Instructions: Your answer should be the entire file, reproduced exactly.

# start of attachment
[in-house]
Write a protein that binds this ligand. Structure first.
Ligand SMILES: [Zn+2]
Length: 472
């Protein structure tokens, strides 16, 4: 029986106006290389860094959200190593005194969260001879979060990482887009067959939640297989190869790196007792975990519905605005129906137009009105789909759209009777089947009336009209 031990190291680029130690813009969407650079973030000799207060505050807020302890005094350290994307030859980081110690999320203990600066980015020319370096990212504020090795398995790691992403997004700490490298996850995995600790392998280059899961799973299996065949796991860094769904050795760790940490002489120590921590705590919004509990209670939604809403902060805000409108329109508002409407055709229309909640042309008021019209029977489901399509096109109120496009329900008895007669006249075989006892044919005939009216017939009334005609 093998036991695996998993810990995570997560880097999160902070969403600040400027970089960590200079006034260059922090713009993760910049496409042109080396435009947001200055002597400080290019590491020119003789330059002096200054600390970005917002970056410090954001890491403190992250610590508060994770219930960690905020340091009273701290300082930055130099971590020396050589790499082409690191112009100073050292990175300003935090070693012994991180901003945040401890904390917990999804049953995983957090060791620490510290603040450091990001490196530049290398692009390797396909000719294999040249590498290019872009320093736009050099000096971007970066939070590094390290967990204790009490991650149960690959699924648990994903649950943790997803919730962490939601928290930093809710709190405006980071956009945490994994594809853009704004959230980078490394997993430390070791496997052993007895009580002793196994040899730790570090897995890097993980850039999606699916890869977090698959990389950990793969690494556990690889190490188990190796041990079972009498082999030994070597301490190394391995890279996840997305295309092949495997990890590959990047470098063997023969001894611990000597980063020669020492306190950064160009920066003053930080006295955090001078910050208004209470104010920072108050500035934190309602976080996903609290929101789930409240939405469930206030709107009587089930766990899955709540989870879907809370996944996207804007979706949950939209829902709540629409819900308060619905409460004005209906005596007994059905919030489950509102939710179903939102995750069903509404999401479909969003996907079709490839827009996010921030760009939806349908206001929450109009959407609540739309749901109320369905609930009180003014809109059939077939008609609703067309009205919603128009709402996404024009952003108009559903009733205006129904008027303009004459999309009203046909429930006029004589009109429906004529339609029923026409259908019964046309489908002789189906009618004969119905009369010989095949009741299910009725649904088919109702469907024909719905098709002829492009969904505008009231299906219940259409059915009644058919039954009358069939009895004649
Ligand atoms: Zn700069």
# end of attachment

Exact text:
[in-house]
Write a protein that binds this ligand. Structure first.
Ligand SMILES: [Zn+2]
Length: 472
């Protein structure tokens, strides 16, 4: 029986106006290389860094959200190593005194969260001879979060990482887009067959939640297989190869790196007792975990519905605005129906137009009105789909759209009777089947009336009209 031990190291680029130690813009969407650079973030000799207060505050807020302890005094350290994307030859980081110690999320203990600066980015020319370096990212504020090795398995790691992403997004700490490298996850995995600790392998280059899961799973299996065949796991860094769904050795760790940490002489120590921590705590919004509990209670939604809403902060805000409108329109508002409407055709229309909640042309008021019209029977489901399509096109109120496009329900008895007669006249075989006892044919005939009216017939009334005609 093998036991695996998993810990995570997560880097999160902070969403600040400027970089960590200079006034260059922090713009993760910049496409042109080396435009947001200055002597400080290019590491020119003789330059002096200054600390970005917002970056410090954001890491403190992250610590508060994770219930960690905020340091009273701290300082930055130099971590020396050589790499082409690191112009100073050292990175300003935090070693012994991180901003945040401890904390917990999804049953995983957090060791620490510290603040450091990001490196530049290398692009390797396909000719294999040249590498290019872009320093736009050099000096971007970066939070590094390290967990204790009490991650149960690959699924648990994903649950943790997803919730962490939601928290930093809710709190405006980071956009945490994994594809853009704004959230980078490394997993430390070791496997052993007895009580002793196994040899730790570090897995890097993980850039999606699916890869977090698959990389950990793969690494556990690889190490188990190796041990079972009498082999030994070597301490190394391995890279996840997305295309092949495997990890590959990047470098063997023969001894611990000597980063020669020492306190950064160009920066003053930080006295955090001078910050208004209470104010920072108050500035934190309602976080996903609290929101789930409240939405469930206030709107009587089930766990899955709540989870879907809370996944996207804007979706949950939209829902709540629409819900308060619905409460004005209906005596007994059905919030489950509102939710179903939102995750069903509404999401479909969003996907079709490839827009996010921030760009939806349908206001929450109009959407609540739309749901109320369905609930009180003014809109059939077939008609609703067309009205919603128009709402996404024009952003108009559903009733205006129904008027303009004459999309009203046909429930006029004589009109429906004529339609029923026409259908019964046309489908002789189906009618004969119905009369010989095949009741299910009725649904088919109702469907024909719905098709002829492009969904505008009231299906219940259409059915009644058919039954009358069939009895004649
Ligand atoms: Zn700069």